Swiss manufacturers have demanded concerted global action to tame the high volatility of raw material prices that can wreck profits at a stroke.This content was published on June 25, 2010 - 09:03
Commodity-poor Switzerland has more to lose than most countries as it battles its way out of economic gloom, according to Swissmem, which represents the electronic and machinery industries.
The prices of vital manufacturing commodities, such as oil, copper, rubber, zinc and steel, have again risen dramatically since the start of the year. Part of the higher cost burden is due to increasing demand from emerging economies, but financial speculators and manipulation of prices by commodity-rich countries has also been blamed.
“The worldwide crisis of demand [for industrial goods] and the euro crisis has clogged up our industry,” Swissmen president Johann Schneider-Ammann said at the organisation’s annual Industry Day conference in Zurich on Thursday.
“As if that wasn’t bad enough, the acquisition of raw materials is getting harder by the day,” he added.
Rising raw materials costs is hardly a new theme for Swiss industry – Swissmem raised the same subject at its Industry Day two years ago. But the thrust of Swissmem’s comments this time around differed from calls made in 2008 to modernise Switzerland’s ageing nuclear power plants.
This time, attention was focused on the role of speculators and countries that have a monopoly on commodity production fixing prices.
Schneider-Ammann blamed hedge funds and investment bankers for artificially raising the price of nickel five-fold. He called for global regulations to control the trade of commodity derivatives that bet on future prices.
“This speculation driven price development opens the doors to further speculation and manipulation,” he said. “Raw materials speculation can lead to a dangerous threat for the global economy.”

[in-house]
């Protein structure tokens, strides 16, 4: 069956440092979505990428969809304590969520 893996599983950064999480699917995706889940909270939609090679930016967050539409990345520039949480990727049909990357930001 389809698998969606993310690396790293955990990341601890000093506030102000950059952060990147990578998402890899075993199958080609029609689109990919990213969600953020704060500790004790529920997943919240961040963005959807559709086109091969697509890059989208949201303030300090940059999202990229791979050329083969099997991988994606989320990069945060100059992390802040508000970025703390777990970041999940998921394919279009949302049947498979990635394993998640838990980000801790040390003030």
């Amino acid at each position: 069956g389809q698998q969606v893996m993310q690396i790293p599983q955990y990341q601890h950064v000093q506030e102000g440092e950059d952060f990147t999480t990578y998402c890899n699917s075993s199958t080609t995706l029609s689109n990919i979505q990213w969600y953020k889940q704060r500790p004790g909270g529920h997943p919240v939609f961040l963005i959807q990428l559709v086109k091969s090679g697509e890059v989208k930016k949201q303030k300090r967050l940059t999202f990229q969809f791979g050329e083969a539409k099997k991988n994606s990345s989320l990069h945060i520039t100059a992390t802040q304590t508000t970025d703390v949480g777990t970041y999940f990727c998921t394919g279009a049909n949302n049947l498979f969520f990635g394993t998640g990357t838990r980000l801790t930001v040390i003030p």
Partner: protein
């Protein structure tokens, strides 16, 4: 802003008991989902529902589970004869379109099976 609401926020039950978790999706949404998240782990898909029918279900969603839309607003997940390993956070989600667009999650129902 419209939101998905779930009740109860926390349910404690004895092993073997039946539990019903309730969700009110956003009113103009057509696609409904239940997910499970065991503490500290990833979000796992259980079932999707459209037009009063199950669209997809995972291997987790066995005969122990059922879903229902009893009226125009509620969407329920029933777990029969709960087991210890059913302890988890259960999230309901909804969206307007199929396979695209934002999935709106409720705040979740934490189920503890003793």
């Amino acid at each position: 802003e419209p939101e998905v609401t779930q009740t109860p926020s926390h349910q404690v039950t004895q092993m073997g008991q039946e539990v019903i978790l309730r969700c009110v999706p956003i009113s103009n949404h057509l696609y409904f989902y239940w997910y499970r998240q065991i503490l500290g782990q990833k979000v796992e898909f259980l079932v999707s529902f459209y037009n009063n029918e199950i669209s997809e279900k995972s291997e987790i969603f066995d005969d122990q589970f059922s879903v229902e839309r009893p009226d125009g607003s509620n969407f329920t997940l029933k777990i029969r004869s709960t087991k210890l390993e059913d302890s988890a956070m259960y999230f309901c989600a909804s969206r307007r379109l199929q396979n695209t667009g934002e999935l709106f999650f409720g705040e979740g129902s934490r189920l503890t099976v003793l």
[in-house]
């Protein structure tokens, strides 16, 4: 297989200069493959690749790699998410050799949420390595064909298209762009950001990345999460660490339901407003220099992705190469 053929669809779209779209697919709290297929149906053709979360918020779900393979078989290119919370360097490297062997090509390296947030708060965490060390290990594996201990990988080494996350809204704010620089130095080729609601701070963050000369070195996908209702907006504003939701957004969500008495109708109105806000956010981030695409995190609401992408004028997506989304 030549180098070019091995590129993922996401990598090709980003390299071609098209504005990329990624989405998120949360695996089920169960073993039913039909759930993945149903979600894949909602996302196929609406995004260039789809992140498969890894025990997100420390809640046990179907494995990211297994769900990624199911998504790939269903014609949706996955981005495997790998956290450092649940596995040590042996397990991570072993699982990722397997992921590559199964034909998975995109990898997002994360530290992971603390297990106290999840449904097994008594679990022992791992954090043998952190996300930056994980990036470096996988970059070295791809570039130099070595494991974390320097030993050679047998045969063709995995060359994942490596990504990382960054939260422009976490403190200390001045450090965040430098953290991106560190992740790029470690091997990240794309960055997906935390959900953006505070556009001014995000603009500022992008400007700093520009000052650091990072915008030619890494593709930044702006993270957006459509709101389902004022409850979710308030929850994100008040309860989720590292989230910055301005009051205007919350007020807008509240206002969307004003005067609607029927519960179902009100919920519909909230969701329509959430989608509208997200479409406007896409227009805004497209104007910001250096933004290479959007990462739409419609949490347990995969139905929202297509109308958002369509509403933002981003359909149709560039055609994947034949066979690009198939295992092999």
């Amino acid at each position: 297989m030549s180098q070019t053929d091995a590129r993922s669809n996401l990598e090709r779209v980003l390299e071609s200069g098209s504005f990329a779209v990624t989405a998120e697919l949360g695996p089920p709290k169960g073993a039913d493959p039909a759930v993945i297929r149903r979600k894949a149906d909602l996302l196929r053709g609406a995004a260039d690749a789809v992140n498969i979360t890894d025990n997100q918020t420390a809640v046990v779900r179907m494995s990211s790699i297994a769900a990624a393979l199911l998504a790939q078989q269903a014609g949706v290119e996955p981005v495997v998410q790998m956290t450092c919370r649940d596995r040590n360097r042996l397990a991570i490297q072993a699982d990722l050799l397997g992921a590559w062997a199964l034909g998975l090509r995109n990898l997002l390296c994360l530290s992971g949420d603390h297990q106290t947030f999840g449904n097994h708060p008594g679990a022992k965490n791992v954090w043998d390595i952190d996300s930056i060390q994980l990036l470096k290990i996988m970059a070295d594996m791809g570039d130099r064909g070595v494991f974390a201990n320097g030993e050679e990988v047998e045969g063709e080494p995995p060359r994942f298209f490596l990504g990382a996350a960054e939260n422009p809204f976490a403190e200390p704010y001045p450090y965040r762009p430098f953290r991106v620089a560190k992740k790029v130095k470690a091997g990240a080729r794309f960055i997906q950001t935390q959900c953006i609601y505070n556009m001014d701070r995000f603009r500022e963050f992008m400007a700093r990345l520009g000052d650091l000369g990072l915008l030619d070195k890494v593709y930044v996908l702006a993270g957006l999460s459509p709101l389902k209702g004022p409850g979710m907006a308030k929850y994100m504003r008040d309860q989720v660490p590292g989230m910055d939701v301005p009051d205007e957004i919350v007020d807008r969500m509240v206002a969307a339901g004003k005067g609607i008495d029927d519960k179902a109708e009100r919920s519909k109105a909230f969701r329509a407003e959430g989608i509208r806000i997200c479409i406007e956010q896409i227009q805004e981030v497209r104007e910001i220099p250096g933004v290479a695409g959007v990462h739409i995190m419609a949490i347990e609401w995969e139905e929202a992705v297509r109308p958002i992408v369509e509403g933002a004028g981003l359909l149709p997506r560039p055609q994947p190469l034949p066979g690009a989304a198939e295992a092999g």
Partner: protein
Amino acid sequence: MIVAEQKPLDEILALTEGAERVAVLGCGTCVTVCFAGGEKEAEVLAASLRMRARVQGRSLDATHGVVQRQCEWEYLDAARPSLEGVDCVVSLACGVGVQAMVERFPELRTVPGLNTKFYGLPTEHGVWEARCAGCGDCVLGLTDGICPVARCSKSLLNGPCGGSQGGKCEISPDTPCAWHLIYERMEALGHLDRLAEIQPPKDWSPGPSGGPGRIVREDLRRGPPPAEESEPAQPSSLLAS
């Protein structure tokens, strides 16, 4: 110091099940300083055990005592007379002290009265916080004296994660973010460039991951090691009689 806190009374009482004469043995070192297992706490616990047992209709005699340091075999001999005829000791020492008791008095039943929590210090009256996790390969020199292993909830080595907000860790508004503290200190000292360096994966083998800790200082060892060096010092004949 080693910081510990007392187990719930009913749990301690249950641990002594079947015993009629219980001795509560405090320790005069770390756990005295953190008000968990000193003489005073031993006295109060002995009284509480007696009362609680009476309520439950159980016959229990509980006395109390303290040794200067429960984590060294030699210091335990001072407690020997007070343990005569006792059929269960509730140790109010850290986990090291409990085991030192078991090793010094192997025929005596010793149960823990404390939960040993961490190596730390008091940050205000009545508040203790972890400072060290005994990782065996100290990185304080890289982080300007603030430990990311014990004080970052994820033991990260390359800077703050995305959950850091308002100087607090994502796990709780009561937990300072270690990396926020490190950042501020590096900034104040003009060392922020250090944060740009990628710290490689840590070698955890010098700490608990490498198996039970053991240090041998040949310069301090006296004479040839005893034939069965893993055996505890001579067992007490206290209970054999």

Switzerland is not the only country worried about the volatility of commodity prices. German politician Heinrich Kraft pointed to the policy of China of buying up the rights to mine minerals in African countries.
“More than half the global production of raw materials takes place in politically instable countries,” he said. “There is a high risk that these countries could fail as suppliers because of military conflict, terrorism or privatisation of raw material sources.”
The regulation and control of raw material supply needs concerted and coordinated global attention, according to Schneider-Ammann.
But one body that might be able to take a leading role, the World Trade Organisation (WTO), does not currently have a mandate to do so. The WTO’s mission is to reduce trade barriers, but raw materials are not top of the agenda during rounds of negotiations, deputy director general Rufus Yerxa told swissinfo.ch.
“Of course industry in countries such as Switzerland takes a deep interest in the price of raw materials,” he said. “The subject is related to the discussions we are having in the Doha rounds, but we have traditionally focused on import tariffs rather than issues around exports.”
Yerxa pointed out that the cartel of oil producing countries, Opec, has been controlling prices for decades. The issue of cartels and price fixing does not presently come under the WTO’s mandate, he added.
Schneider-Ammann recognised that no single organisation or country could deal with the issue of raw materials pricing. “We cannot simply delegate the finding of a solution to this problem to others,” he said. “We must contribute our part and take the opportunity of working together internationally.”
Matthew Allen, swissinfo.ch
The price of raw materials
Industry has always had to contend with the fluctuating cost of raw materials which can be influenced as much by political instability as supply and demand factors.
The rapid rise of emerging economies, such as China, coupled with the recent economic crisis has added more volatility to the price of vital commodities.
Recently, financial speculators have also been blamed for influencing the cost of manufacturing raw materials thanks to the increased use of complex financial instruments that can be used to bet on prices.
In January 1999 the price of crude oil stood at $16 a barrel. It rocketed to over $140 in July 2008 before crashing down to $40 a few months later.
The price of many other commodities, such as copper, zinc, steel and rubber, followed a similar path, making it difficult for companies to manage margins.
Demand for many commodities has been further increased by breakthroughs in technology that have produced ever more complex products for consumers.
Copper, cobalt, nickel, zinc, silver, chrome and cadmium are just a few of the minerals essential to the production of mobile telephones.
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